It is a further object of the present invention to provide a portable toilet tank that is easy to clean.
It is also an object of the present invention to provide a portable toilet assembly that permits efficient drainage of fluids from the base for sanitary purposes.
It is an additional object of the present invention to provide a thermoplastic toilet tank which may be rigidly attached to a base.
It is also an object of the present invention to provide a thermoplastic toilet tank which has a dark interior and a light exterior.
It is a still further object of the present invention to provide a portable toilet assembly that has provisions for ease of transportation when moving is necessary.
It is another object of the present invention to provide a rigid tank and base assembly which may be easily disassembled for transport and repair.
It is yet another object of the present invention to provide a portable toilet assembly which can be manufactured efficiently and economically from thermoplastic materials.
Further objects, features, and advantages of the invention will be apparent from the following detailed description when taken in conjunction with the accompanying drawings.
FIG. 1 is an exploded isometric view of the portable toilet assembly of this invention.
FIG. 2 is a top plan view of the toilet tank of FIG. 1.
FIG. 3 is a bottom plan view of the toilet tank of FIG. 2.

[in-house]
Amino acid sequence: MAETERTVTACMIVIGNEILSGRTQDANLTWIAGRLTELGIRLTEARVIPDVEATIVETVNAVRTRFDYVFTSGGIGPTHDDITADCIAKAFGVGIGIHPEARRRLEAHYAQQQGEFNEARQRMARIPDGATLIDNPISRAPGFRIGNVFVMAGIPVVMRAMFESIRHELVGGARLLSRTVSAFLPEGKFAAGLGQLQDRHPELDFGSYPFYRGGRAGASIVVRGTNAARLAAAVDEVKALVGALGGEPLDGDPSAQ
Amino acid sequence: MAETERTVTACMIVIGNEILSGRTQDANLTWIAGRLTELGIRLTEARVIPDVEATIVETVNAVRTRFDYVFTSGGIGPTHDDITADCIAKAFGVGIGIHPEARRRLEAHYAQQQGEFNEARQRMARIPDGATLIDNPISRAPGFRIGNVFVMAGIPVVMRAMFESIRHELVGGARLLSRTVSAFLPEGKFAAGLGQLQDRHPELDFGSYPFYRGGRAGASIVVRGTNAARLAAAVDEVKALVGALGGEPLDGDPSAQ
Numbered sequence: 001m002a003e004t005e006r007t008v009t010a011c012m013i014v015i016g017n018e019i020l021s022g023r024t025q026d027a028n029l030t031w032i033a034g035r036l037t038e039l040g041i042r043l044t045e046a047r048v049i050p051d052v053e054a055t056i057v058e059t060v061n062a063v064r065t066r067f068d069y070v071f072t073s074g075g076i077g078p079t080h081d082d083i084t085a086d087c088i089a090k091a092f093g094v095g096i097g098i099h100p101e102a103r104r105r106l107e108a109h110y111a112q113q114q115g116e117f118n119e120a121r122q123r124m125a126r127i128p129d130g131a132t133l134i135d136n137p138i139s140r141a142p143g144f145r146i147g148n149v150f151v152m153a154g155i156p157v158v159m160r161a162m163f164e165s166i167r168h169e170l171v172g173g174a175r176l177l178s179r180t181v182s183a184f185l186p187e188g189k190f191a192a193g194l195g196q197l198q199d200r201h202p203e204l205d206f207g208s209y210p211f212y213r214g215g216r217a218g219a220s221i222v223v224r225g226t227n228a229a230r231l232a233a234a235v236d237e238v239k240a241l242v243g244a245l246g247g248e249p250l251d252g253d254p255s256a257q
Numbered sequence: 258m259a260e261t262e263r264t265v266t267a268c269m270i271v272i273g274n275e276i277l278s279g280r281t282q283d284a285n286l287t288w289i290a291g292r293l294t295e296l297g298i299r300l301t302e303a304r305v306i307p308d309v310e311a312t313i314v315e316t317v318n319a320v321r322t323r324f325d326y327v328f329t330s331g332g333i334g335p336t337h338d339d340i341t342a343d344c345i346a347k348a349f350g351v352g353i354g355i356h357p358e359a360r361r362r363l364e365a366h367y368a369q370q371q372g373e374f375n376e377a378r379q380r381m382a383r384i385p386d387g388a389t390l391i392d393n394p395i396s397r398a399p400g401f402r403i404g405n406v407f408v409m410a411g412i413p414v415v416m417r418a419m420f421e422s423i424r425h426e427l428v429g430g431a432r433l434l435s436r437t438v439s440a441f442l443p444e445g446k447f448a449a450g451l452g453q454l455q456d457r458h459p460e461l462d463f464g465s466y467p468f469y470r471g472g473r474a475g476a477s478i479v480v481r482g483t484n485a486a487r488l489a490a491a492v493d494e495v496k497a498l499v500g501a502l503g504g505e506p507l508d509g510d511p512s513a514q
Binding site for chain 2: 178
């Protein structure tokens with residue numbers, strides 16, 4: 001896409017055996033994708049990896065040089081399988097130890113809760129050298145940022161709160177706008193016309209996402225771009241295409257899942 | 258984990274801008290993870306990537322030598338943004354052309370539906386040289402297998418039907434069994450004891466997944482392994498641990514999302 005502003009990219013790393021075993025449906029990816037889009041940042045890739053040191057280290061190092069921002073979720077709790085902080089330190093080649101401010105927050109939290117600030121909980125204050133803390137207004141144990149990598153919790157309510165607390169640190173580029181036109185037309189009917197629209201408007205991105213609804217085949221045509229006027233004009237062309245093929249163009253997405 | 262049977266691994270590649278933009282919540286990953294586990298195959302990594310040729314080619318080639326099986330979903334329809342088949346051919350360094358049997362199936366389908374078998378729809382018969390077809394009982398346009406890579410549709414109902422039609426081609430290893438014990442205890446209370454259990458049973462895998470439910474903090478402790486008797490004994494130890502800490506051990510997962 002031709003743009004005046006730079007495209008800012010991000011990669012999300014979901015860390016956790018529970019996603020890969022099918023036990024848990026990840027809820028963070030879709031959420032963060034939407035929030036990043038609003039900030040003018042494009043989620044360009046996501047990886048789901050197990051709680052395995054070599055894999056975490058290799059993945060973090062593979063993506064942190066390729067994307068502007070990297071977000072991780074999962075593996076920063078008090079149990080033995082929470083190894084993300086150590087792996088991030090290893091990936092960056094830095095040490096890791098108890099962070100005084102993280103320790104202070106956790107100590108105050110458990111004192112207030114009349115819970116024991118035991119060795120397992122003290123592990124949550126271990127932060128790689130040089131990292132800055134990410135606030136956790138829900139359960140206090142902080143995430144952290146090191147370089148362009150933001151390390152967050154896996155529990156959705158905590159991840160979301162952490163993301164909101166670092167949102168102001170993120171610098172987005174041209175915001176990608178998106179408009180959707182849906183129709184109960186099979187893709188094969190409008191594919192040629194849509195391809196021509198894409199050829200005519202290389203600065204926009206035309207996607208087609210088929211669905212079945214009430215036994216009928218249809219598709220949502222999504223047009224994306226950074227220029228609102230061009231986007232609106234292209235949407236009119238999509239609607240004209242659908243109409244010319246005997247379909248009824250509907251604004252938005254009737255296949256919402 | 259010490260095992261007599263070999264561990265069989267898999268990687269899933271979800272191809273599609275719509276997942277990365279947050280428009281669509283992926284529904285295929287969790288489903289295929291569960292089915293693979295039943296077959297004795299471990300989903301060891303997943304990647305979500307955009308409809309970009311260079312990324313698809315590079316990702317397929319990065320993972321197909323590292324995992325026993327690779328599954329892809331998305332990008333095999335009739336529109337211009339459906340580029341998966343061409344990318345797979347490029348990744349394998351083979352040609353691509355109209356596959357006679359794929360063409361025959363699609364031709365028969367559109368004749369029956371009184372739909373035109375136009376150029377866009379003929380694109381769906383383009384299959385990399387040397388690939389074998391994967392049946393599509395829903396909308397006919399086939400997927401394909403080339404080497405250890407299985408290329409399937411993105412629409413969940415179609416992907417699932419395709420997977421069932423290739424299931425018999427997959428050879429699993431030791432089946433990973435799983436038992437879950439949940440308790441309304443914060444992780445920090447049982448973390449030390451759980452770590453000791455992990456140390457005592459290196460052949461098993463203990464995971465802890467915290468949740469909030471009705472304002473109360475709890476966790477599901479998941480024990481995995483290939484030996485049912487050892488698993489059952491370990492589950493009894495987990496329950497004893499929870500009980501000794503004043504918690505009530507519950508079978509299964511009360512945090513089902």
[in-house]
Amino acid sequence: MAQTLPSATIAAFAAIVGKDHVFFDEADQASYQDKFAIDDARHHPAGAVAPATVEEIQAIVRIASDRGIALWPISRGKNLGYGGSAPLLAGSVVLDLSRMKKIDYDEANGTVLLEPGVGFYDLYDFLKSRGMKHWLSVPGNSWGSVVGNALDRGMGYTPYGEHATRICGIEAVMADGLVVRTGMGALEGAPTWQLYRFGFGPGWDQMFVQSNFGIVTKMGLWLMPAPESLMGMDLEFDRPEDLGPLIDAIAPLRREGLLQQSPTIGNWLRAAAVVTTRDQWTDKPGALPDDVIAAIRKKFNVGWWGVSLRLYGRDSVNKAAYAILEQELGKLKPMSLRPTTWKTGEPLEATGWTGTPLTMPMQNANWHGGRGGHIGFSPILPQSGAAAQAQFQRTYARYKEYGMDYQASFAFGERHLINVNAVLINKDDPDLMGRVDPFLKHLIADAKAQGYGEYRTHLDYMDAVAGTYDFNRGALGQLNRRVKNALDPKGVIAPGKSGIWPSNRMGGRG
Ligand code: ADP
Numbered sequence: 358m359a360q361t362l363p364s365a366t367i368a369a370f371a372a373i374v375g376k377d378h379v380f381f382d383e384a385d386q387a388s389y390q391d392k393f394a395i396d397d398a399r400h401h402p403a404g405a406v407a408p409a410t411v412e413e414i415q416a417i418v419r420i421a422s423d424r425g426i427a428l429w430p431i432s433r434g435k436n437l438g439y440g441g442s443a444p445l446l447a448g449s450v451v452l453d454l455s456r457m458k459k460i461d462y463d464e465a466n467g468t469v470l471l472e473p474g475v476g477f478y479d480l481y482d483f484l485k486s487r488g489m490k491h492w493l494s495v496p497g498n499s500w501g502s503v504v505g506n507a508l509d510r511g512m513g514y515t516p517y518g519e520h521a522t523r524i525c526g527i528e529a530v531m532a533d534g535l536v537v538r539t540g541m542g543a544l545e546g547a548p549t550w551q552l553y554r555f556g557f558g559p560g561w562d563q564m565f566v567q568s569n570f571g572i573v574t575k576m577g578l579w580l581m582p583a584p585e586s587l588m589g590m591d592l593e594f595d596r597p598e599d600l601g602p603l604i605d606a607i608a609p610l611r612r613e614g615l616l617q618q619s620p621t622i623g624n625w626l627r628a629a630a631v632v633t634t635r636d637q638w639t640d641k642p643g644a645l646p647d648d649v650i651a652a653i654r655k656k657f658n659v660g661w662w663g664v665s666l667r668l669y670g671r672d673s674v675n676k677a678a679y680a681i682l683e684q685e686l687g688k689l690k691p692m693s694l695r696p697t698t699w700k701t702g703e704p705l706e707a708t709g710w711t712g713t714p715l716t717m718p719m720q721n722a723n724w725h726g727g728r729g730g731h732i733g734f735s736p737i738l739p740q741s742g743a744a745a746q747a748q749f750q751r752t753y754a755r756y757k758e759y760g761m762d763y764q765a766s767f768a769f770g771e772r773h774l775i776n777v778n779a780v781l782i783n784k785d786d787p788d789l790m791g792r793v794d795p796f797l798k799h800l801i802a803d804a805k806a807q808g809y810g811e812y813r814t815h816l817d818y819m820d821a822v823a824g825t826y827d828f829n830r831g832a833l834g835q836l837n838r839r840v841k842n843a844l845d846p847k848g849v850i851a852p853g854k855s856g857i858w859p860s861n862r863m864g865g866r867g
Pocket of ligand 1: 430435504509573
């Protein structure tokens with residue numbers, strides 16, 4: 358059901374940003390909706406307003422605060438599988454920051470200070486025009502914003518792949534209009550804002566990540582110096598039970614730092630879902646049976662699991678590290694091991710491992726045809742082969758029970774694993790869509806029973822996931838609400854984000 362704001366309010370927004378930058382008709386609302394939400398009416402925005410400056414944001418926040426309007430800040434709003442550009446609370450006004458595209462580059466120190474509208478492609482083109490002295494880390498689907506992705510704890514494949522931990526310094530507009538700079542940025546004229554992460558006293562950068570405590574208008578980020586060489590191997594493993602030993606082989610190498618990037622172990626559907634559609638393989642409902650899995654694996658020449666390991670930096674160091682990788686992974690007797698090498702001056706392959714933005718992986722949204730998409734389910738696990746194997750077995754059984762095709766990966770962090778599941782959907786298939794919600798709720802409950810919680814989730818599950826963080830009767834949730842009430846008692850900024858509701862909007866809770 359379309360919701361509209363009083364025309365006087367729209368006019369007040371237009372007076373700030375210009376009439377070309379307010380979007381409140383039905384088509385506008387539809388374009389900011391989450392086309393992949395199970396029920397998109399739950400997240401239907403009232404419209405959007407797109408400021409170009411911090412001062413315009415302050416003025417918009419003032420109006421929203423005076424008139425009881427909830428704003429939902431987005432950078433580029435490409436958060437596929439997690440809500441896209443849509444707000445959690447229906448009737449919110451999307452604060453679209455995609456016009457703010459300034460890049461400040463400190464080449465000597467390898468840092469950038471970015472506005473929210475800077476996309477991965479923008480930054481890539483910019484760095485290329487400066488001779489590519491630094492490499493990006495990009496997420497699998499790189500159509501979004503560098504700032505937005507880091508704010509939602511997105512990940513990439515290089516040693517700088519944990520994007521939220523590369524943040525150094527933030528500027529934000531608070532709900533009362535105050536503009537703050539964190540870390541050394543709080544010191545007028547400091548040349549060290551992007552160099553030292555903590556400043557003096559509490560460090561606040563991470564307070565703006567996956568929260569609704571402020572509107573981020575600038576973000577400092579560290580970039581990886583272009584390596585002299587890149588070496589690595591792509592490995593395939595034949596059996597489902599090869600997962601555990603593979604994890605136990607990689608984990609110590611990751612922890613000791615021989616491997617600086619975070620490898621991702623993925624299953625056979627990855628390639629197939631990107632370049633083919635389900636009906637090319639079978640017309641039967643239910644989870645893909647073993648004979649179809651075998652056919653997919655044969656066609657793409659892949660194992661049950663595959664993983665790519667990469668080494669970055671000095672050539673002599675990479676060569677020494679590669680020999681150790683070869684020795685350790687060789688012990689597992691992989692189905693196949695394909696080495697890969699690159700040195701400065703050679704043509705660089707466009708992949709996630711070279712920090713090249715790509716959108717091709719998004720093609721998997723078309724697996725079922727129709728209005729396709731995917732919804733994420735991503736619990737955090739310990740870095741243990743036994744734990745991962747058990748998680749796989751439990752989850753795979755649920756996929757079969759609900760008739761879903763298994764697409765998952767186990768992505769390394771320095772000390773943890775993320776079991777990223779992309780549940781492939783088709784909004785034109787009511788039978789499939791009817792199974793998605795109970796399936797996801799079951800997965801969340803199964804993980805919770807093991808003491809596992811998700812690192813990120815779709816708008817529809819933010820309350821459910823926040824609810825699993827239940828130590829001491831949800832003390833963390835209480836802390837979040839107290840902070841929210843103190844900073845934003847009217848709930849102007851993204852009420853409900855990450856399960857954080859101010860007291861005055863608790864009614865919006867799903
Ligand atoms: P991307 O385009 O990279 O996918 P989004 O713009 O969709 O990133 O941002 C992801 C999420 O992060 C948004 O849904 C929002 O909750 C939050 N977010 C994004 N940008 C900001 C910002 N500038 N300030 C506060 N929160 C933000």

FIG. 4 is a cross-sectional view of the toilet tank of FIG. 2 taken along section line 4--4.
FIG. 5 is a cross-sectional view of the urinal of FIG. 1. taken along section line 5--5.
FIG. 6 is a partially schematic isometric cross-sectional view of the portable toilet assembly of this invention illustrating the contrasting colors of the toilet tank interior and exterior.
FIG. 7 is a top plan view of the toilet tank base of FIG. 1.
FIG. 8 is a bottom plan view of the toilet tank base of FIG. 7.
FIG. 9 is a front elevational view of the portable toilet assembly of FIG. 1 with a cabana structure shown in phantom view.
Referring more particularly to FIGS. 1-9 wherein like numbers refer to similar parts, a portable toilet assembly 15 is best shown in FIGS. 1 and 9.
The portable toilet assembly 15 includes a twin-sheet thermoformed plastic toilet tank 16 which is fastened to a twin-sheet thermoformed toilet tank base 17. A twin-sheet thermoformed plastic urinal 18 is attached to the tank 16. A ventilation stack 19 is also attached to the tank 16.